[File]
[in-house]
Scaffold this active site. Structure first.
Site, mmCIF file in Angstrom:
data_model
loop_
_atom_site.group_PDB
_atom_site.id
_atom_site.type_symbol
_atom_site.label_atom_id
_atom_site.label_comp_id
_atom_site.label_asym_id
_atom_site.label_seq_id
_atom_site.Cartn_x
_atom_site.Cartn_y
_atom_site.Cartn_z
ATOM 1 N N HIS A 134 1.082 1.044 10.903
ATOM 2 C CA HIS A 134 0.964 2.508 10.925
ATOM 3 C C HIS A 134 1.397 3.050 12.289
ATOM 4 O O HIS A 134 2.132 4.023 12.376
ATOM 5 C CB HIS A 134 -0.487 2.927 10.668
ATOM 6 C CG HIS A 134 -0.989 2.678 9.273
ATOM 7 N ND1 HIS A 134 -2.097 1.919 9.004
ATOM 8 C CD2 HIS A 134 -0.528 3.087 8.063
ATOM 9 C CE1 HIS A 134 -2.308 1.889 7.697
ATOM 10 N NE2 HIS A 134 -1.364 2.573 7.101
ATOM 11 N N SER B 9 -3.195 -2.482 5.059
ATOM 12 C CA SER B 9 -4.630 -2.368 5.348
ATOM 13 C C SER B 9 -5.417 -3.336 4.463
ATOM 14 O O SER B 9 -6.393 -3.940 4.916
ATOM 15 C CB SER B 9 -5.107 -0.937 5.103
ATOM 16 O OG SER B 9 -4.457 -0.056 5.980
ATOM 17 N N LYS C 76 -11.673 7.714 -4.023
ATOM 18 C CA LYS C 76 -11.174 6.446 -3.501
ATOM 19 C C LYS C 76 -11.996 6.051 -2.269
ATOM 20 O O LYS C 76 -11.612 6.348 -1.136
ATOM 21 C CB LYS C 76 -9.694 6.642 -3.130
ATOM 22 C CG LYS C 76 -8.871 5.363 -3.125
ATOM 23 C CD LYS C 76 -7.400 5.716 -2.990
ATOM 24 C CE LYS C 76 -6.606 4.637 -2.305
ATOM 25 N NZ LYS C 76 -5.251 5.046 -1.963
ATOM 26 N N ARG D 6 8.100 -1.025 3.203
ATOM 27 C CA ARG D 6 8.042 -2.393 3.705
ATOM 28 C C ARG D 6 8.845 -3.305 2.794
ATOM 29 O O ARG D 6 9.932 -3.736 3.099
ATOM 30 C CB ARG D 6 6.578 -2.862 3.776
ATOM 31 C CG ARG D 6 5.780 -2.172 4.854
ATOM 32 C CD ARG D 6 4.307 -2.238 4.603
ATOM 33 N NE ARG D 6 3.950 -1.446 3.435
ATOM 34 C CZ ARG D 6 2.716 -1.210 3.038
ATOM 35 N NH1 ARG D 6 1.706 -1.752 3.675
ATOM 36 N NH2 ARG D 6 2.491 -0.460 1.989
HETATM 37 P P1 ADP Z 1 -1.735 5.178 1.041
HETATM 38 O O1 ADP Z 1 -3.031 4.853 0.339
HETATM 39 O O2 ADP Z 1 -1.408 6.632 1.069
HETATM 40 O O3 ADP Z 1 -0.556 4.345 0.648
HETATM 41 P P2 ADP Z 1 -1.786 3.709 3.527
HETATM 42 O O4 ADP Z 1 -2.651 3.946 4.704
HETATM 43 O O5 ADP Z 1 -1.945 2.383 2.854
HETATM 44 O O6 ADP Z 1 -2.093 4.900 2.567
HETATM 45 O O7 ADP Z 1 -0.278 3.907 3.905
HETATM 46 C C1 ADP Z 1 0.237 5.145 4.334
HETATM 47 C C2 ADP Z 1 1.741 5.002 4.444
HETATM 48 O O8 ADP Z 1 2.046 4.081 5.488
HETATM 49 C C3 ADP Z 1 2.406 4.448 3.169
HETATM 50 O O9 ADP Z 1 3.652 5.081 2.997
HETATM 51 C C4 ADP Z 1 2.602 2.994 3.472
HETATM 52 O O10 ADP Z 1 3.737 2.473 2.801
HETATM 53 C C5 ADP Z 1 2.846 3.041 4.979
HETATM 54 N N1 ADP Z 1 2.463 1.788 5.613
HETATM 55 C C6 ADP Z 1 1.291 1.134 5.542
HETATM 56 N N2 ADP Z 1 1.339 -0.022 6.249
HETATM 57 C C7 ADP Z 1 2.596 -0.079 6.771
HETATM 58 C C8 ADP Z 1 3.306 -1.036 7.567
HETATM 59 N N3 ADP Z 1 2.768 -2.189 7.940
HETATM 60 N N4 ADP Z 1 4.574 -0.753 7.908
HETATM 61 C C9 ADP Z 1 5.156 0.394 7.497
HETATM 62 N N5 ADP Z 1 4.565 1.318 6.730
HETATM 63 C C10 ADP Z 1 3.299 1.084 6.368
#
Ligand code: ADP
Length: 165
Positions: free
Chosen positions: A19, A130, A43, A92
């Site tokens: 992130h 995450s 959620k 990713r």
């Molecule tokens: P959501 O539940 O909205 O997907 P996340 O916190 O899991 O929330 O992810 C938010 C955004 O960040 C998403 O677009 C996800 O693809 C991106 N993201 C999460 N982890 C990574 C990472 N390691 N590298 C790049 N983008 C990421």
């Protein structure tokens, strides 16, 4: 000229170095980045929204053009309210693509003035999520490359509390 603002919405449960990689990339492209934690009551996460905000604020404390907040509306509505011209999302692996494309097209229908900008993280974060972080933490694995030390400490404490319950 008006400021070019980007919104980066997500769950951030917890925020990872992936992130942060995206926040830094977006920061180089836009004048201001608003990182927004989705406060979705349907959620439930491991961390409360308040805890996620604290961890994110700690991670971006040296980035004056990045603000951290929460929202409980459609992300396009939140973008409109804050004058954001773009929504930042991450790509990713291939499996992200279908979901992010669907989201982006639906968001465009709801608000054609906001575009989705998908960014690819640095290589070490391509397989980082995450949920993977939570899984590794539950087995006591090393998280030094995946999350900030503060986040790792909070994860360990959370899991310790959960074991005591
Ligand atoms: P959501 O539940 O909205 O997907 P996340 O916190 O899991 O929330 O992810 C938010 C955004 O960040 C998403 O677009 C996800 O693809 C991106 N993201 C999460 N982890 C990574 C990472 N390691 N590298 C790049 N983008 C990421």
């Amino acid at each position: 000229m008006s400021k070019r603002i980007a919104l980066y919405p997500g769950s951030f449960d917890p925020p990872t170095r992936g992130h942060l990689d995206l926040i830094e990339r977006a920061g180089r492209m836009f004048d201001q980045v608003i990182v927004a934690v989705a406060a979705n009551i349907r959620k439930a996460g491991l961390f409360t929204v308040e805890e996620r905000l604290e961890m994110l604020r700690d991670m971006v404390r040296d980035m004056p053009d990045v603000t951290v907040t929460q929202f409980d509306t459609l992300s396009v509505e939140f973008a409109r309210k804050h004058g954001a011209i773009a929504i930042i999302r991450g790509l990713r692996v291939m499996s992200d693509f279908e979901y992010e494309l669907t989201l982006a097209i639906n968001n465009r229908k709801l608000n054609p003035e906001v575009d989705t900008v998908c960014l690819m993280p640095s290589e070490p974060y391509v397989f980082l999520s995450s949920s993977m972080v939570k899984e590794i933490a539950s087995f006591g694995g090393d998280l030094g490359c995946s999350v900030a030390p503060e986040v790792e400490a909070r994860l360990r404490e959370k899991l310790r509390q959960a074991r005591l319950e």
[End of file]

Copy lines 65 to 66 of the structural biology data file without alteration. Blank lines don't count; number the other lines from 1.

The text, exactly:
HETATM 50 O O9 ADP Z 1 3.652 5.081 2.997
HETATM 51 C C4 ADP Z 1 2.602 2.994 3.472